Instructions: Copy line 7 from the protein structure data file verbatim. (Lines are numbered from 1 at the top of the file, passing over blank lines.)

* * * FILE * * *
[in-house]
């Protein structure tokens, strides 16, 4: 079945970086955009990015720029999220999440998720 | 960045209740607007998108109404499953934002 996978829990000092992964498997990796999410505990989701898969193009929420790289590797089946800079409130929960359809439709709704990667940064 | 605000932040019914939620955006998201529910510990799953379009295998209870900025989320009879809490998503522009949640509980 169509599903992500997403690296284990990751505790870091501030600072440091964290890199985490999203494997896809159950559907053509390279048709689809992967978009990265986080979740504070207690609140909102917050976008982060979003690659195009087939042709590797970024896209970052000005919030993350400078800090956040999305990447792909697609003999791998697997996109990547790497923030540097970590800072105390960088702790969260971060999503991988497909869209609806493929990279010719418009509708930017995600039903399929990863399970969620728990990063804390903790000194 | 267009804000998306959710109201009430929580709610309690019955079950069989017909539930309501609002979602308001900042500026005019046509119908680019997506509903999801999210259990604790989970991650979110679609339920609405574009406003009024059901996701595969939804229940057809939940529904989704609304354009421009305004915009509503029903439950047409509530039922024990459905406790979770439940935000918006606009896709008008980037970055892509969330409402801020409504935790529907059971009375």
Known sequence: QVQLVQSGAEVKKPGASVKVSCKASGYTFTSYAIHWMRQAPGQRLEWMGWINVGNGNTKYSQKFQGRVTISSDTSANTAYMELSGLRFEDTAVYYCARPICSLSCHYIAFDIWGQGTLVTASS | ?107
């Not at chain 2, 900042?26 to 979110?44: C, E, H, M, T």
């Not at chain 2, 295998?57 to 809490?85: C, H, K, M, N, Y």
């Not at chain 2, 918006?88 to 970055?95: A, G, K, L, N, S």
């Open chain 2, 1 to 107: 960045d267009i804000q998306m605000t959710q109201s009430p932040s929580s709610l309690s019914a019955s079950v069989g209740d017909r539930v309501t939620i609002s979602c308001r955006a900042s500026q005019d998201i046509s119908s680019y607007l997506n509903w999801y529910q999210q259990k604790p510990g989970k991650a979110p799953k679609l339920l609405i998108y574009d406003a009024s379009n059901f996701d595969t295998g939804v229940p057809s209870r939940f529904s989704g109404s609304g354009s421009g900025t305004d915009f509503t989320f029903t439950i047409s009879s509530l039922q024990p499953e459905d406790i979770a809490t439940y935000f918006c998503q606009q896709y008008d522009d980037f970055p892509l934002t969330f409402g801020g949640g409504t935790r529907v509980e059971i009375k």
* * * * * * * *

């Open chain 2, 1 to 107: 960045d267009i804000q998306m605000t959710q109201s009430p932040s929580s709610l309690s019914a019955s079950v069989g209740d017909r539930v309501t939620i609002s979602c308001r955006a900042s500026q005019d998201i046509s119908s680019y607007l997506n509903w999801y529910q999210q259990k604790p510990g989970k991650a979110p799953k679609l339920l609405i998108y574009d406003a009024s379009n059901f996701d595969t295998g939804v229940p057809s209870r939940f529904s989704g109404s609304g354009s421009g900025t305004d915009f509503t989320f029903t439950i047409s009879s509530l039922q024990p499953e459905d406790i979770a809490t439940y935000f918006c998503q606009q896709y008008d522009d980037f970055p892509l934002t969330f409402g801020g949640g409504t935790r529907v509980e059971i009375k």